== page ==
“To cure and serve and not to exploit and use”

Before enunciating the principles of capitalism in his famous work The Wealth of Nations, Adam Smith had already devoted a book, his first, to the Theory of Moral Sentiments. In this book a theory of sympathy is proposed, which advocates that the act of imagining ourselves in the place of others would serve to make us more aware of ourselves and also of the morality of our behavior.

According to Raj Sisodia, ” That higher consciousness of caring, which should pervade all of our societal institutions, got left out of the foundational understanding that most people had about capitalism”Integrating this awareness into the corporate fabric is the goal of the already (re) known Conscious Capitalism movement, of which Sisodia is a forerunner and co-founder and occupies the central place in the interview that follows

  • When you [and John Mackey] initiated the movement of “conscious capitalism” along with the book Conscious Capitalism: Liberating the Heroic Spirit of Business, both of you said (and wrote) that one of the most predictable responses you get from people when you mention the idea of conscious capitalism is, “That’s an oxymoron!”. What is your definition of these two unusual words put together?

Everything that we do in life is done with consciousness. We can either do it with a high level of consciousness, or a low level of consciousness. Put another way, we can do it with a consciousness of seeking to heal and serve, or a consciousness of using and extracting.

Raj Sisodia, co-founder of Conscious Capitalism

In this context, our purpose in juxtaposing these two words that are normally not associated with each other is to highlight the fact that we have been practicing capitalism with a low level of consciousness for much of the time since Adam Smith in An Inquiry Into the Nature and Causes of the Wealth of Nations articulated the power of markets and arrived at the insight that freedom leads to prosperity. He suggested that when societies are organized around the principle that individuals are free to pursue their own self-interest by focusing on what they choose to and are free to trade with one another, most of the needs of most people will be met by other people, leaving relatively little for the government to do. This aspect of human nature has to do with survival and then success, often narrowly defined as material well-being.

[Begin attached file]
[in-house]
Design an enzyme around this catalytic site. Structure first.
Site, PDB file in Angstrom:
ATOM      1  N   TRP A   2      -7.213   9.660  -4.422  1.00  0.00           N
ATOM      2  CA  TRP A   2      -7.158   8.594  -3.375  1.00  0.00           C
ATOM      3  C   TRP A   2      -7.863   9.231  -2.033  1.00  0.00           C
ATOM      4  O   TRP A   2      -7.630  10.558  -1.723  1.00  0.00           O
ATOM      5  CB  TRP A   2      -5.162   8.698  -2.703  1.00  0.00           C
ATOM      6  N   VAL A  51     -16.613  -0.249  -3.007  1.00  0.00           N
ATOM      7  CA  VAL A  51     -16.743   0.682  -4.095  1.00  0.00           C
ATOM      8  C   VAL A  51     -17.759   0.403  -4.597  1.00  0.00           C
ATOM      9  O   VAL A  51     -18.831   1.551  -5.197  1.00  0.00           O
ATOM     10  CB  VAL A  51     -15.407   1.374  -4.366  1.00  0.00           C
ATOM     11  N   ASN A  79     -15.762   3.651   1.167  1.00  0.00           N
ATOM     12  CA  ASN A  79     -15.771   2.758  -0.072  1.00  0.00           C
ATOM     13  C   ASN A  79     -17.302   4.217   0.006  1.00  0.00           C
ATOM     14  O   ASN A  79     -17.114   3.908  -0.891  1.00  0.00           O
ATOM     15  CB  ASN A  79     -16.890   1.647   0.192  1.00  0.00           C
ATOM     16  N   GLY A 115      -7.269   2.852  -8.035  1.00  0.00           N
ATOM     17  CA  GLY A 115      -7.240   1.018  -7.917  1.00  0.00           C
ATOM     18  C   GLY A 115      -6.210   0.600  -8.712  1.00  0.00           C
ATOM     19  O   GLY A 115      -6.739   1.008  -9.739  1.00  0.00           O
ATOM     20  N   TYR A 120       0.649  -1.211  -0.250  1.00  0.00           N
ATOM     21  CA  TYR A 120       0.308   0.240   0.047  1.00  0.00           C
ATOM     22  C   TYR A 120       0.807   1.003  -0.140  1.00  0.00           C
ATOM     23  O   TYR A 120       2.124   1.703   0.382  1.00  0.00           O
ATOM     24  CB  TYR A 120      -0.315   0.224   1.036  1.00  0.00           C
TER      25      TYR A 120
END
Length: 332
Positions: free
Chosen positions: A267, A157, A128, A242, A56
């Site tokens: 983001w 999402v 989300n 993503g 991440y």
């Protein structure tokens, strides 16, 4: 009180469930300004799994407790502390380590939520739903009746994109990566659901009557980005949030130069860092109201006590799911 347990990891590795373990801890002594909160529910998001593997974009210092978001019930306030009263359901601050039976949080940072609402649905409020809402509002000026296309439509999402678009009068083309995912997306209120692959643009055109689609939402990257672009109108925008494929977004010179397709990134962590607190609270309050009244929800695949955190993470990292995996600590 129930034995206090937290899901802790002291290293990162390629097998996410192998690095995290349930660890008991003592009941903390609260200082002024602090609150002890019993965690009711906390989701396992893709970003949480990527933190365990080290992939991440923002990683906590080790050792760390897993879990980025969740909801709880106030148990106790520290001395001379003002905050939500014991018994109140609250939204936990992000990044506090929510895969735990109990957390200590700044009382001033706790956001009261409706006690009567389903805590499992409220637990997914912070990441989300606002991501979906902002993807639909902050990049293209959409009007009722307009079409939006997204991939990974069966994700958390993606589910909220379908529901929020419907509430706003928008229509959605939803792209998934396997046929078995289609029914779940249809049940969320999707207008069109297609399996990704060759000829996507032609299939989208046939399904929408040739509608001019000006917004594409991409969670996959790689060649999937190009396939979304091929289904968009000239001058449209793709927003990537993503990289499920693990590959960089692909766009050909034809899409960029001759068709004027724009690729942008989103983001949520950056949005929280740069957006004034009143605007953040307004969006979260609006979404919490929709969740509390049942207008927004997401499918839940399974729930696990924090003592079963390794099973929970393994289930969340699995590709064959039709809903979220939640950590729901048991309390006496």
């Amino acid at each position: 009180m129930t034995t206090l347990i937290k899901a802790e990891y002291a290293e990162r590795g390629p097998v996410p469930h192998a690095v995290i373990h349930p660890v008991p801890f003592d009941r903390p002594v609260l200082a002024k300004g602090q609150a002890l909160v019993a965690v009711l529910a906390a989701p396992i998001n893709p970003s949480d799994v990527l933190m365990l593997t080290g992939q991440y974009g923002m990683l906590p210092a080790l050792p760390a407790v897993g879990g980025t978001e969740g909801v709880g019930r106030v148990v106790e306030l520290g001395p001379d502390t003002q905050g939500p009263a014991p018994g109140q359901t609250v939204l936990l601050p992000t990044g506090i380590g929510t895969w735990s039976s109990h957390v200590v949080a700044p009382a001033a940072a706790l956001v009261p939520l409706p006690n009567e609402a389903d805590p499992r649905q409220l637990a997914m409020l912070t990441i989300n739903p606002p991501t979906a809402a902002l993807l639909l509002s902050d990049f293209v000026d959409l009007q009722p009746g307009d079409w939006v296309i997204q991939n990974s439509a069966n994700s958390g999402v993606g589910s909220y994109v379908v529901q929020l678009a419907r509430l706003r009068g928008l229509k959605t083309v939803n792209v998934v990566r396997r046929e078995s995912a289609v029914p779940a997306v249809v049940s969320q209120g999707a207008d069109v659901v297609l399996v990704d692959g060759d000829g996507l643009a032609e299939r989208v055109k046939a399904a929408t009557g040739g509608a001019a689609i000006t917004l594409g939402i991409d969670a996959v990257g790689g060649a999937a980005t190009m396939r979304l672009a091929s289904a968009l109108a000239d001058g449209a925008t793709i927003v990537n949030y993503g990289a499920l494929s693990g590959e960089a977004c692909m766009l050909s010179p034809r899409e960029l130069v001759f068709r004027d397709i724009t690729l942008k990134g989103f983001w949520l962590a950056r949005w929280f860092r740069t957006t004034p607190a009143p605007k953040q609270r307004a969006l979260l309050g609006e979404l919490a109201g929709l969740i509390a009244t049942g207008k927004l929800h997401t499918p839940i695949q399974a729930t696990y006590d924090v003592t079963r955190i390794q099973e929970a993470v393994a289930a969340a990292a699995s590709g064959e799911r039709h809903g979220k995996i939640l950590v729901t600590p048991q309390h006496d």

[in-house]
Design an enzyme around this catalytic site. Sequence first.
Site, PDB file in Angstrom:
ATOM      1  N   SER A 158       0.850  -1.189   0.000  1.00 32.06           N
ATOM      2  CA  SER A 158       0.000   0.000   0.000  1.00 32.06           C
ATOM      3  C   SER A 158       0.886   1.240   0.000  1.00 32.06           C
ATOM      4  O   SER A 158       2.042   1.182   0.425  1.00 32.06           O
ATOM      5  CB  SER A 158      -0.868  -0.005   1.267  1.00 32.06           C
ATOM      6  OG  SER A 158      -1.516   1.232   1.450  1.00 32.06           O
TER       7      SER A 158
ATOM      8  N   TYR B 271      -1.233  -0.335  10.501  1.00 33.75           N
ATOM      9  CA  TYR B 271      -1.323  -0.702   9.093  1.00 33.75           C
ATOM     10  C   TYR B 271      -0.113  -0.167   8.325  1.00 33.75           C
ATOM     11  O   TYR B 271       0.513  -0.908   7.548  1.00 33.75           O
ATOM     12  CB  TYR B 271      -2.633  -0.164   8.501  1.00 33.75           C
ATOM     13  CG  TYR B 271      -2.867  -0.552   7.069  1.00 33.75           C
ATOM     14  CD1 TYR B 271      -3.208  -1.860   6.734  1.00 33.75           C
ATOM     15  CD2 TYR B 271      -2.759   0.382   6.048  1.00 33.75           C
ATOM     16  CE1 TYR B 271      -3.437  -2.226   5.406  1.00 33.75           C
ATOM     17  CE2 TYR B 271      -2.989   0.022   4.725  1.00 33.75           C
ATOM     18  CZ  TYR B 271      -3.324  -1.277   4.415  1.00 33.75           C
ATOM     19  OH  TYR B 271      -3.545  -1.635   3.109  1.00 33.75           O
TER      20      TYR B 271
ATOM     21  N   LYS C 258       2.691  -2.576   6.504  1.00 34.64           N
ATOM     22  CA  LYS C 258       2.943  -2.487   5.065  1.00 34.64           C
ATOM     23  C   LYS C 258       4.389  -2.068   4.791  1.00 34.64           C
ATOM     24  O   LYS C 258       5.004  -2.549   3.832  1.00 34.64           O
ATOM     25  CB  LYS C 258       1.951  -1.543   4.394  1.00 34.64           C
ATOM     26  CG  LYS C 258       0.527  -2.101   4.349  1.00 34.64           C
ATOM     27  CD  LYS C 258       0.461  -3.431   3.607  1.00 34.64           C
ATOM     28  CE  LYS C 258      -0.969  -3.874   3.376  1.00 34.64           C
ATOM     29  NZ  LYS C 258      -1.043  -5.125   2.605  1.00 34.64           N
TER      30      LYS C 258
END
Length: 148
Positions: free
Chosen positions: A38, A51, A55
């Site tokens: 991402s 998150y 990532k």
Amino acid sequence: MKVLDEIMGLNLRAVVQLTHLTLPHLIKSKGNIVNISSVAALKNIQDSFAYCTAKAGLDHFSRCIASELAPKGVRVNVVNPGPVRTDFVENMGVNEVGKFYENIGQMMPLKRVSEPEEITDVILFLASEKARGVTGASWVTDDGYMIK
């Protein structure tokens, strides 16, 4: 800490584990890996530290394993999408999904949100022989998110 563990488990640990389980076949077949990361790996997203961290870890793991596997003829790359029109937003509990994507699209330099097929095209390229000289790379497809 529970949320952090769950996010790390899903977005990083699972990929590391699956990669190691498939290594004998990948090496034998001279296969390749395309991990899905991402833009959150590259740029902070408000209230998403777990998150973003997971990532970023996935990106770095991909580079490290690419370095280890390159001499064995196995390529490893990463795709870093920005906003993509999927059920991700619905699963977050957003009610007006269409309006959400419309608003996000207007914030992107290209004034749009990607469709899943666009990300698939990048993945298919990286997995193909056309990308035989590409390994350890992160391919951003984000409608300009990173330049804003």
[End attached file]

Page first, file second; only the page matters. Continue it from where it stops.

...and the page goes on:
However, there is a higher aspect of humanness, which is the need to care. Adam Smith brilliantly wrote about this in his earlier book, The Theory of Moral Sentiments. That higher consciousness of caring, which should pervade all of our societal institutions, got left out of the foundational understanding that most people had about capitalism. Our movement is an effort to integrate that higher consciousness into the fabric of business. By doing so, businesses can tap into the extraordinary capacity for caring that all of us as human beings are naturally endowed with. This would make for not only a more prosperous world, but also a world that is free of much of the suffering that we see all around us today.

  • Karl Marx would have celebrated his 200th birthday in 2018. His criticism of capitalism appears, for a lot of people, even more pertinent today amidst climate crisis, chronicle unemployment and global inequality. He has also predicted the end of capitalism. In a way, does your movement go in the direction of “this is the end of capitalism as we know it”?

I agree that if we continue down the path that we are on, we could very well see the end of capitalism as we know it. The fact is that the system has been hijacked to overwhelmingly and disproportionately benefit a few, while imposing Draconian costs on many others. We see this in the fact that in the US, worker pay only rose 10% over 35 years between 1978 and 2013, while CEO pay rose 937%. As Peter Georgescu has written, “For the past four decades, capitalism has slowly been committing suicide. The rules of the game have become cancerous. They are killing us.”

Capitalism is a system that can and must promote widespread flourishing. It is fundamentally rooted in human dignity and freedom. But the way we have articulated it and practiced it has led to a host of serious problems. The degradation of the environment and the resulting peril to our future as a species are well known. But we have also caused an extraordinary amount of suffering for workers, their families, communities and even customers. All of this has arisen because we have had a consciousness of treating all of these participants in the system as a means to our end of making as much profit as possible. We urgently need to shift that consciousness towards embedding a higher purpose into each business that transcends profit, and consciously seeking to create value for and serve all of the stakeholders of the business. That includes society, partners, employees, customers, communities, the environment and investors.